Tuesday, July 10, 2007

Should Repentant Senator Be Off the Hook with the Law?

Senator David Vitter says that both God and his wife have forgiven him for apparently consorting with members of an alleged DC-area prostitution ring.

Should that end any responsibility or criminal culpability he may have in the matter? The senator evidently thinks that it should.

Ann Althouse poses some interesting questions about why the alleged prostitute has been charged, while one of her self-admitted customers seems to have a well-founded hope that his public statement of contrition will shield him from criminal charges.

Althouse also suggests that Vitter's seemingly noble gesture actually damns the alleged Washington madam before her lawyers have even been able to put on a defense.

Good points. I commented from a Christian perspective:
The last I checked, paying a prostitute is a criminal act.

The senator may well be forgiven by God and his wife. But I point to the Biblical example of King David who, though forgiven for murder and adultery, nonetheless had to deal with grim consequences for his actions.

More recently, I think of Mehmet Ali Agca, the would-be assassin of Pope John Paul II. Some months after he'd recovered from the near-fatal assault, the Pope visited Agca in prison. There, he forgave the apparently repentant gunman. But that didn't mean that the Pope was obliged to secure Agca's release. In fact, Agca finished serving his sentence.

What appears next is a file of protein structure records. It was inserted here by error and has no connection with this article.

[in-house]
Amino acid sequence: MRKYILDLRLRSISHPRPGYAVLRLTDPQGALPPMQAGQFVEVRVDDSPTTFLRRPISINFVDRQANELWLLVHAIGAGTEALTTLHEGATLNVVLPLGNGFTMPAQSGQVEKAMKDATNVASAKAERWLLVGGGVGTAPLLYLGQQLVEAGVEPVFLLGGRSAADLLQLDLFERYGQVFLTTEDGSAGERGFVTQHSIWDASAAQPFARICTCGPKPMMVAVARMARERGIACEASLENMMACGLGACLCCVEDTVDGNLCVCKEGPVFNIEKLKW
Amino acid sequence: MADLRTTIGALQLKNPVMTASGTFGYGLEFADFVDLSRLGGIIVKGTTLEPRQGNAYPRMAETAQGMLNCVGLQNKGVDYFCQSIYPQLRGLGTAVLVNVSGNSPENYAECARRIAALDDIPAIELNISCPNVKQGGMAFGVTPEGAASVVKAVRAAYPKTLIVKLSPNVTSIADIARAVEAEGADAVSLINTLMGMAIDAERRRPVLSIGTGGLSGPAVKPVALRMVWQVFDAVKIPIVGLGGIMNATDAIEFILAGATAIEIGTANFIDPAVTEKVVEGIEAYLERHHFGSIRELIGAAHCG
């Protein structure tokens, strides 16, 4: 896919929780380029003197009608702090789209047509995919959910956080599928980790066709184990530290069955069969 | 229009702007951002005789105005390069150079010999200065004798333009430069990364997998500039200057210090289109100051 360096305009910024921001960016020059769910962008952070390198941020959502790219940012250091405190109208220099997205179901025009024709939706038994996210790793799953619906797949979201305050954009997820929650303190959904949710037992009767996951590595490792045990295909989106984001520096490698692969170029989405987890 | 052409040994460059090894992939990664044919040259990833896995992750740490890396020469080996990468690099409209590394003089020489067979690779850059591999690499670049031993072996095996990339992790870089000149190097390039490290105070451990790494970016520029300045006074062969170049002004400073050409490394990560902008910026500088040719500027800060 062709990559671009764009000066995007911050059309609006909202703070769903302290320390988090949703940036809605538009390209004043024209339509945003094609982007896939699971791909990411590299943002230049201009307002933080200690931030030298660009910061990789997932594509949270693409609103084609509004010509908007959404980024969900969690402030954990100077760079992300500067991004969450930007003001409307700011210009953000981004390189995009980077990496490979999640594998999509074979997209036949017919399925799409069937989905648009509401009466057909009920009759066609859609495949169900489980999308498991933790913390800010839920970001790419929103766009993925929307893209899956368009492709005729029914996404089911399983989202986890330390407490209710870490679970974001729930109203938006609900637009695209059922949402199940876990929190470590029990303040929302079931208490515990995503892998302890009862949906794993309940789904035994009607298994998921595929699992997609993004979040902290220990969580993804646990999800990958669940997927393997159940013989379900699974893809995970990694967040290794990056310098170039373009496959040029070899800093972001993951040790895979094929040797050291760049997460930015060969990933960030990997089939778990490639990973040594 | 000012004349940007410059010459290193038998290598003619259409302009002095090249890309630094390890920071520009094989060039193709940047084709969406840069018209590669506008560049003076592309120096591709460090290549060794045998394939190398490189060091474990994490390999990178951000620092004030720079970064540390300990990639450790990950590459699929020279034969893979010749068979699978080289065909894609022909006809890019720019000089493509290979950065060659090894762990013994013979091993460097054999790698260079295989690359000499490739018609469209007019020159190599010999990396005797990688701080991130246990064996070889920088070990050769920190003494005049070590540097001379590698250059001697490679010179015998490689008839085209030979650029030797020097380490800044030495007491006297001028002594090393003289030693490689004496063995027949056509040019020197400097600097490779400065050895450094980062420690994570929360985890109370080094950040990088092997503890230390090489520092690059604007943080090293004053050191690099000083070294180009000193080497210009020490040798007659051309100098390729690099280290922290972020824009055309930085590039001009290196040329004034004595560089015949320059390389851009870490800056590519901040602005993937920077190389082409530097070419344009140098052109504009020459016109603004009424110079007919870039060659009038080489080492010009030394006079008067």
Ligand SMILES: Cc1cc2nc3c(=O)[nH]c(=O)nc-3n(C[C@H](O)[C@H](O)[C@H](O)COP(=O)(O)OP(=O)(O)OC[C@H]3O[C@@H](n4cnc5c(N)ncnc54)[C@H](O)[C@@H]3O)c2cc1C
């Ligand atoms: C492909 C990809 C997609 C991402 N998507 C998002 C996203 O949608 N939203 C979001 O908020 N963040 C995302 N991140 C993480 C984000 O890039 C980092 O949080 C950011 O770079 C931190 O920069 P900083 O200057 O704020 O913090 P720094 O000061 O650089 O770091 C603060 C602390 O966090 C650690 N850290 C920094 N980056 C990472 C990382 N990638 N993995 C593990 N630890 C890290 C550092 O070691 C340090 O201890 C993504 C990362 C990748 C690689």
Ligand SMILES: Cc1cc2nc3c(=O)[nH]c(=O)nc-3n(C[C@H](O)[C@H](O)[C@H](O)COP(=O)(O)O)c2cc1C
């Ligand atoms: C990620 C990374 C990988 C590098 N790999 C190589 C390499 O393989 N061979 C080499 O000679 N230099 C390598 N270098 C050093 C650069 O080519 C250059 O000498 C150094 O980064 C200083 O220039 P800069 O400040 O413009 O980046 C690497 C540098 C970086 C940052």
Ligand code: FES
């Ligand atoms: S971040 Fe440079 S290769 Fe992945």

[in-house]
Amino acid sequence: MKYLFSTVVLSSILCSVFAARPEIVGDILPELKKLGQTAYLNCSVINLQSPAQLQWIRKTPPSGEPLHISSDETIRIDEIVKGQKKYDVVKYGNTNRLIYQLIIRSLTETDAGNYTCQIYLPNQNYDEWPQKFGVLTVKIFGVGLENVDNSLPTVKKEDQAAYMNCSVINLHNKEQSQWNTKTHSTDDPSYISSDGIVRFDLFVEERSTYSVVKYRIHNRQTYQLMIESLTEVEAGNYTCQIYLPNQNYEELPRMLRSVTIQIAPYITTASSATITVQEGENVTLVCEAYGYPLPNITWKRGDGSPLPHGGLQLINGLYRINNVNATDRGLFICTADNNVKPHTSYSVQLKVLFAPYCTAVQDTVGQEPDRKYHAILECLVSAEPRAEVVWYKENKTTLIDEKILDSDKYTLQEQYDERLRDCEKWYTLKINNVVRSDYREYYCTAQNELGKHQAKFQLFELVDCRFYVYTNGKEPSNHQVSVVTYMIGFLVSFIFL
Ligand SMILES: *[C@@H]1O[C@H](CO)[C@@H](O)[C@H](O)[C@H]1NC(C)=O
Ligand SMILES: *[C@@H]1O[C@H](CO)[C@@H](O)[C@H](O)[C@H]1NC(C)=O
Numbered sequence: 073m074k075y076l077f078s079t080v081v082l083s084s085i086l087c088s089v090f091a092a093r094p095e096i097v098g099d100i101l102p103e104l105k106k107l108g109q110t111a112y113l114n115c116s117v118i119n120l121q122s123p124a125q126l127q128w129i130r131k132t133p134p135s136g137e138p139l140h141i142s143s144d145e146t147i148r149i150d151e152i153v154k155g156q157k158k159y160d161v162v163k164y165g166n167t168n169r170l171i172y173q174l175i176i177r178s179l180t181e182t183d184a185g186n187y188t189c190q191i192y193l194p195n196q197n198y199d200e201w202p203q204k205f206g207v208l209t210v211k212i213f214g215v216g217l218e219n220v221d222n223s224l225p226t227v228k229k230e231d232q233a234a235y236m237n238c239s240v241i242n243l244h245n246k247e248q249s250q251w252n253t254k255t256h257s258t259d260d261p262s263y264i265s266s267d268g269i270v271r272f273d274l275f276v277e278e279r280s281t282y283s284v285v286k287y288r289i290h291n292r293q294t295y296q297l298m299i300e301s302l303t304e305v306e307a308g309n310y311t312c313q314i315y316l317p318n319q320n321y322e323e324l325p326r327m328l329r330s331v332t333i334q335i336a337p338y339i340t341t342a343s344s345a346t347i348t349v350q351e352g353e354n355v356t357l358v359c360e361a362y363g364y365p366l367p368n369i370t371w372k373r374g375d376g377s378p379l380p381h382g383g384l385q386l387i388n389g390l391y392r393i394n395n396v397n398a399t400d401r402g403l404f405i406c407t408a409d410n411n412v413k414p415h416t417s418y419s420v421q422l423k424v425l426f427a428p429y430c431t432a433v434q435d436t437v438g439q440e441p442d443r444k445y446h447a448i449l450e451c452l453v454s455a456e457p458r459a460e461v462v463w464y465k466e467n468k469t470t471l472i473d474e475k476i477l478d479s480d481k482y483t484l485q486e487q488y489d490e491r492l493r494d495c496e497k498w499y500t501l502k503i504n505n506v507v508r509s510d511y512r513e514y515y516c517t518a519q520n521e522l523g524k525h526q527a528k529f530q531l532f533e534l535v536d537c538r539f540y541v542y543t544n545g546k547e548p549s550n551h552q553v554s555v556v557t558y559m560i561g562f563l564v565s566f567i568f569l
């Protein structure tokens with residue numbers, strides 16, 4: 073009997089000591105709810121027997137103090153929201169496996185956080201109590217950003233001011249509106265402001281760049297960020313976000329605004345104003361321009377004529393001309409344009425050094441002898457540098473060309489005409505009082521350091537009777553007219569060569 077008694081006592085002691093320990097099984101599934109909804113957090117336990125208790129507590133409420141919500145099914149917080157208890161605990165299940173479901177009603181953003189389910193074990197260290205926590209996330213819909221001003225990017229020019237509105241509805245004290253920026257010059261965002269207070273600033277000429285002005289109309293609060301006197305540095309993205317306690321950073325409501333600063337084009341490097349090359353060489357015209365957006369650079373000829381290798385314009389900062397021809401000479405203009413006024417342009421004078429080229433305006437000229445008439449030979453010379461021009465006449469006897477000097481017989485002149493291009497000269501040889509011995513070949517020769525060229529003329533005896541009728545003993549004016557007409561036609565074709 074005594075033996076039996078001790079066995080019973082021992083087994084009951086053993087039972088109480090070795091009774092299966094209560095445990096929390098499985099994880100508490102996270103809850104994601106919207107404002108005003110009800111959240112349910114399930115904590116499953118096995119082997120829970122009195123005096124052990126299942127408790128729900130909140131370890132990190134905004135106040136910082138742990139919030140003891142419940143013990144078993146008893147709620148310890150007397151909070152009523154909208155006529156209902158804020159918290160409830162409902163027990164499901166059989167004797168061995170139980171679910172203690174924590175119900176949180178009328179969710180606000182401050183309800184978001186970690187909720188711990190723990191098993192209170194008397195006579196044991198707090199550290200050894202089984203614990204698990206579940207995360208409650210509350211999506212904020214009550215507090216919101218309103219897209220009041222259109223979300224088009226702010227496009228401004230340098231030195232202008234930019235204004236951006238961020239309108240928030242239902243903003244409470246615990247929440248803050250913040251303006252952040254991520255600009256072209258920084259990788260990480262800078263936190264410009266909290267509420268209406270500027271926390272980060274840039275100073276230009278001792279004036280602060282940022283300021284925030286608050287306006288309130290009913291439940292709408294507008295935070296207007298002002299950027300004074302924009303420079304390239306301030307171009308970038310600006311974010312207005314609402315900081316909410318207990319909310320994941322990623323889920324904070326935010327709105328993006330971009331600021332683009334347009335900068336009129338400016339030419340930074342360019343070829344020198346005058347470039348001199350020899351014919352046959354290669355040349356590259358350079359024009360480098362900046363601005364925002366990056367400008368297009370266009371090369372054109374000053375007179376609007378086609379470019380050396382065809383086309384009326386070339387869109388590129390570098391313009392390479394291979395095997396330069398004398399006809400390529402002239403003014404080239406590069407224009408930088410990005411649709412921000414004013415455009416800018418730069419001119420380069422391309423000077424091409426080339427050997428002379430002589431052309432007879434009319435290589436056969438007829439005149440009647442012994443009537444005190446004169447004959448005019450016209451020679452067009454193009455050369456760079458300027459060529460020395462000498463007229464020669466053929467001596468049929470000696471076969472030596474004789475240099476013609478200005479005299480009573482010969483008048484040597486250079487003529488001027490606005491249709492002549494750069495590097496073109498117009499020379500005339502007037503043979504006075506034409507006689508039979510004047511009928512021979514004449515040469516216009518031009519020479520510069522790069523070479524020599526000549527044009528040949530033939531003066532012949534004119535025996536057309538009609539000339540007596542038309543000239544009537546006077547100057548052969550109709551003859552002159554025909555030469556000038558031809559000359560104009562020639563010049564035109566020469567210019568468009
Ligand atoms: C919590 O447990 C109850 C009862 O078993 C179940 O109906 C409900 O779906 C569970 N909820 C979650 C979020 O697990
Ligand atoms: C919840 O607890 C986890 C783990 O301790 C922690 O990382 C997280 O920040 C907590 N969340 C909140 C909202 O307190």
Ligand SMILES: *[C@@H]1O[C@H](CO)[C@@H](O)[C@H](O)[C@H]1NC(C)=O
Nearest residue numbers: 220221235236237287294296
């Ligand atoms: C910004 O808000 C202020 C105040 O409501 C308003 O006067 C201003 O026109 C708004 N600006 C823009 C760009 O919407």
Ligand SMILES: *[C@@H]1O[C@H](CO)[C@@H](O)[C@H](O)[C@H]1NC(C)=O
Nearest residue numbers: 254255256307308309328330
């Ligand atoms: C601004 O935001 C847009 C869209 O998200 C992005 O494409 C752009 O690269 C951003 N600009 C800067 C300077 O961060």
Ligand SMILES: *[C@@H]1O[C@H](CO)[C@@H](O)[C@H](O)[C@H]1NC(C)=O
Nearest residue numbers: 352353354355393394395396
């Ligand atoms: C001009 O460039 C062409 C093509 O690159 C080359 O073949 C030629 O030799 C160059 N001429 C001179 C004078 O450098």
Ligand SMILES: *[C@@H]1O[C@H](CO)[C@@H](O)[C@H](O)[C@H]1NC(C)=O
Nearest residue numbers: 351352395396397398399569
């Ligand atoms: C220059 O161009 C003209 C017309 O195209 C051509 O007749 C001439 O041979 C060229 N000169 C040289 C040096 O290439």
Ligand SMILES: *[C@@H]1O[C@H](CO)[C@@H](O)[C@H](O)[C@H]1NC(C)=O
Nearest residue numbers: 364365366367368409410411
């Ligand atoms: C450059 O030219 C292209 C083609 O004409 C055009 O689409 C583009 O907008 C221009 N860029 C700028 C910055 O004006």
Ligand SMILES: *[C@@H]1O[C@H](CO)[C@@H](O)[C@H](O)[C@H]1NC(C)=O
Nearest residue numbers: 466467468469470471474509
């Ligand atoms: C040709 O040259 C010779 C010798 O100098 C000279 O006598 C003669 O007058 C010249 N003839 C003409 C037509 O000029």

Only cheap versions of the Biblical concept of grace suggest that once forgiven, there shouldn't be punishments for crimes.

It's deeply disturbing that the alleged operator of a prostitution ring has been charged with a crime, while so far anyway, one of her alleged high profile customers thinks he can go scott-free by claiming he's repentant and forgiven.

As a pastor I say, "That's great! Now, let's press charges."
Regular readers of Better Living know that I've discussed forgiveness vs. civil accountability, using the examples of both King David and Mehmet Ali Agca, before. Here are links to previous posts in which one or both have figured:
London Bombings: Forgiveness?
How Can the Amish Forgive?
More on Imus: What About Forgiveness?


P_J said...

"Should Repentant Senator Be Off the Hook with the Law?"


Mark Daniels said...

My sentiments precisely.


P_J said...

You may remember the story of Karla Faye Tucker, who was convicted of murder and sentenced to death. While in prison, she became a born-again Christian and asked then-Governor Bush for a commutation of her sentence. He denied her request.

Regardless of what one thinks of capital punishment, I found it odd that Christian leaders (Pat Robertson, notably) appealed for clemency on the basis of her having become a Christian.